Auto break-ins are among the top concerns of San Franciscans and San Francisco visitors, yet response from City Hall to address them seems ever more frustrating. That certainly was my first reaction when District Attorney George Gascón announced a $1 million plan Wednesday to form an auto burglary task force and set up a hotline to gather more information for task force analysis.
Pets on planes is an increasingly common sight, but should it be? No one wants their beloved dog or cat traveling in the cargo hold, but no passenger should have to sit next to a 70-pound menacing pit bull — or a snapping Chihuahua — either. I say this as an animal lover — I have had over the years dogs, big birds and currently live with an orange tabby and a tortoise. It makes sense to allow service dogs, animals highly trained to guide the visually and hearing impaired, on planes.
Congress has passed a small, but significant milestone with the swearing in earlier this month of Democrat Tina Smith as Minnesota’s junior senator. There are now 106 women serving in the House and Senate — more than at any other time. Smith, who was appointed to the seat Sen. Al Franken relinquished in the wake of sexual misconduct allegations, brought the number of women serving in the Senate to an all-time high.
Muck Rack makes it simple to find people, tweets, or articles that mention any name, keyword, company, hashtag etc. We've compiled this guide to help you make the most of your search.
Selecting a term
Start searching tweets, articles from media outlets, articles mentioned in tweets, journalists'
names, titles and bios with some suggested searches:
Companies or Topics (e.g. iPhone, Microsoft)
Phrases (e.g. "cloud computing") — use quotes to keep the terms together
Twitter handles (e.g. @username) — returns those who have mentioned or replied to
Names (e.g. "David Pogue")
Hashtags (e.g. #sxsw, #london2012)
Bio details (e.g. vegan, Olympics, father)
Muck Rack's Advanced Search allows for many boolean operators.
Find results that mention multiple specified terms, use AND or
+. For example, ensure each result contains both Elon Musk and Mark Zuckerberg by
searching Musk AND Zuckerberg or Musk + Zuckerberg.
Use the operators OR or , to broaden your search when you'd like either of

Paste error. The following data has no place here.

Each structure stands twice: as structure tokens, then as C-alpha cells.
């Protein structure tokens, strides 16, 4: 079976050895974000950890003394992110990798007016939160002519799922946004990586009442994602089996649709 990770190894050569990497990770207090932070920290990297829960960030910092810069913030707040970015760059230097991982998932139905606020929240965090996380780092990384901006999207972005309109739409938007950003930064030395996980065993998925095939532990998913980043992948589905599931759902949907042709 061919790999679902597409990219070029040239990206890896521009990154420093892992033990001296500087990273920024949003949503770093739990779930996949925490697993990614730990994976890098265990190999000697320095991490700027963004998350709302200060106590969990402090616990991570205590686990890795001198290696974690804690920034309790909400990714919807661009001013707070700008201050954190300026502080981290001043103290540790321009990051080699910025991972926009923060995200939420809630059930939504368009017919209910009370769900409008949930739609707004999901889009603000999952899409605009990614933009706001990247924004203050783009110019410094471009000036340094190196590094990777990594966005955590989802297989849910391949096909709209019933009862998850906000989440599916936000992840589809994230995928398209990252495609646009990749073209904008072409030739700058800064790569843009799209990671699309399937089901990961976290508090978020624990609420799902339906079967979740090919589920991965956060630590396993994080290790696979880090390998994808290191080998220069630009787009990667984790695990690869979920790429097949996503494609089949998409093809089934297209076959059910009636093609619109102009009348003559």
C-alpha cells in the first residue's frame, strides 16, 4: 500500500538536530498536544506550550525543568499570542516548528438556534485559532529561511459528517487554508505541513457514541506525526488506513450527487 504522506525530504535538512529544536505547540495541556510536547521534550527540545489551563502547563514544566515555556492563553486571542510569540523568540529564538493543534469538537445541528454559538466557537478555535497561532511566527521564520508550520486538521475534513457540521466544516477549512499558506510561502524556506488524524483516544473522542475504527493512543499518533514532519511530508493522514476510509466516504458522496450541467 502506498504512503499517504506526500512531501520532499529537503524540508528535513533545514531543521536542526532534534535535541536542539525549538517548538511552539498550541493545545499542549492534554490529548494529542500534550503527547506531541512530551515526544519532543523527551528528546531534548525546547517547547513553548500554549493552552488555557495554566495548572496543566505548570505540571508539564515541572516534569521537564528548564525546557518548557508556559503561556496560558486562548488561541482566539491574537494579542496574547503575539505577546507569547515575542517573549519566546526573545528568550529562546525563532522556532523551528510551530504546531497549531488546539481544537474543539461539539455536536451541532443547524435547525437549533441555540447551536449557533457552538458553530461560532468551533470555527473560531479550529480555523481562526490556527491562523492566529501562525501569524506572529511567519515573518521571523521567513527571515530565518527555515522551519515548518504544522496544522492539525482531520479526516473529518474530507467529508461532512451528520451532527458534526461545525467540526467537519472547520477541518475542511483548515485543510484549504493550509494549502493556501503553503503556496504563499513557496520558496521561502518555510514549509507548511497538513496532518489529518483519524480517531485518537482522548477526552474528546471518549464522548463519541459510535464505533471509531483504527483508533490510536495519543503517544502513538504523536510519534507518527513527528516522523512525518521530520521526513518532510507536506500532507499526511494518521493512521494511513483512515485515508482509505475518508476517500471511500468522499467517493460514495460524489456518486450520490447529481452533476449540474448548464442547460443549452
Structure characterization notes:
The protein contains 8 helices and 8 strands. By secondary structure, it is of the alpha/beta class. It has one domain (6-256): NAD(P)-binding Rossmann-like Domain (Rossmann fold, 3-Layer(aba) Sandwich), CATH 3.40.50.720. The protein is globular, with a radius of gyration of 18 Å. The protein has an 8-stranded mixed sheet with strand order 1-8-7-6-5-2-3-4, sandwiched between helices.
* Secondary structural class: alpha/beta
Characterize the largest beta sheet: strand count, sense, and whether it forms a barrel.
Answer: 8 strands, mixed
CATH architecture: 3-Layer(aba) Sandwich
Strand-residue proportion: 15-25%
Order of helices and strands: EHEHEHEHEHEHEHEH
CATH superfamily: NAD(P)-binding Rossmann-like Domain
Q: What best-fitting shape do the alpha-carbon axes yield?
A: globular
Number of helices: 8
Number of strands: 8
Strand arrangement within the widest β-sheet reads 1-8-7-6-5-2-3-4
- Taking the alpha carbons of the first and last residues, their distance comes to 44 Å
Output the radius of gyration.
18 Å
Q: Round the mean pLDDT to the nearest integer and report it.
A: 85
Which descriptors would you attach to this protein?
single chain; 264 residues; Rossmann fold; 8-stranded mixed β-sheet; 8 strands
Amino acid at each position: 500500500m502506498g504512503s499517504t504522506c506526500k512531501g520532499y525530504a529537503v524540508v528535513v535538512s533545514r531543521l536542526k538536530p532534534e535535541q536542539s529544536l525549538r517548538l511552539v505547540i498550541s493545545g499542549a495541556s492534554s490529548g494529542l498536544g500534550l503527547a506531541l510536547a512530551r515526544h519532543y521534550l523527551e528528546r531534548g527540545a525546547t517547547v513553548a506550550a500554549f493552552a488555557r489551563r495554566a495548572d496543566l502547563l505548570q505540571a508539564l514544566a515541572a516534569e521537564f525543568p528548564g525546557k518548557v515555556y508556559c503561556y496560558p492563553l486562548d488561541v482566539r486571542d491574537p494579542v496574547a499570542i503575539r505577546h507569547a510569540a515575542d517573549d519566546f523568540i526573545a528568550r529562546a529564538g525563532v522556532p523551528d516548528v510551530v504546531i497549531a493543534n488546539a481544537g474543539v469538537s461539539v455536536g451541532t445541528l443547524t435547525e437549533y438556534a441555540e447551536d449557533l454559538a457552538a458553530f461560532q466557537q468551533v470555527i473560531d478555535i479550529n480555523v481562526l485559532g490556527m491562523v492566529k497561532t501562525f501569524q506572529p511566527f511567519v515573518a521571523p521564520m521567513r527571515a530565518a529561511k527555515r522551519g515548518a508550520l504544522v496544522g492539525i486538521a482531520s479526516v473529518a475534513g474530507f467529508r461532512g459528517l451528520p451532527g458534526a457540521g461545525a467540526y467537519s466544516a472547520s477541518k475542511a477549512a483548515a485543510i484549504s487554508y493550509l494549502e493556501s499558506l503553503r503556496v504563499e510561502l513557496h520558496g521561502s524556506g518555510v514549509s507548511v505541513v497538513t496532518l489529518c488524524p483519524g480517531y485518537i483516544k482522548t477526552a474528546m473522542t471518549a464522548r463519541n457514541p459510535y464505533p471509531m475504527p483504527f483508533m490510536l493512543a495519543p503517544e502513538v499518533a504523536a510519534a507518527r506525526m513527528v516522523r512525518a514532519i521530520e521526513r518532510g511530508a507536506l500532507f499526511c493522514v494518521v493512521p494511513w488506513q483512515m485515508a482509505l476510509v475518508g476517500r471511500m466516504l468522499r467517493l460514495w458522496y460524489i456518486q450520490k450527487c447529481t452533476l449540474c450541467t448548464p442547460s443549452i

multiple terms to appear in results. (This is the default behavior of our search when no operators
are used). For example, results will contain either cake or cookie by searching cake OR cookie or cake,cookie
Use NOT or - to subtract results from your search. For
example, searching Disney will yield results about the Walt Disney Company as well as Walt Disney
World Resort. To exclude mentions of Disney World, search for Disney -World or Disney
When using one of these operators with a phrase, enclose it in quotation marks. For example, you can
find results about smartphones excluding Apple's iPhone 4S by searching smartphone -"iPhone
Exact case matching or punctuation
If you're searching for a brand name or keyword that relies on specific punctuation marks or capitalization, you can
find results that match your exact query by adding matchcase: before the keyword you're searching for, like matchcase:E*TRADE .
Use parentheses to separate multiple
boolean phrases. For example, to find journalists talking about having fun in Disney World or
Disneyland, search for ("disney world" OR disneyland) AND fun.
An asterisk can be used to search for any variation of a root word truncated by the asterisk. For example, searching for admin* will return results for administrator, administration, administer, administered, etc.
A near operator is an AND operator where you can control the distance between the words. You can vary the distance the near operation uses by adding a forward slash and number (between 0-99) such as strawberries NEAR/10 "whipped cream", which means the strawberries must exist within 10 words of "whipped cream".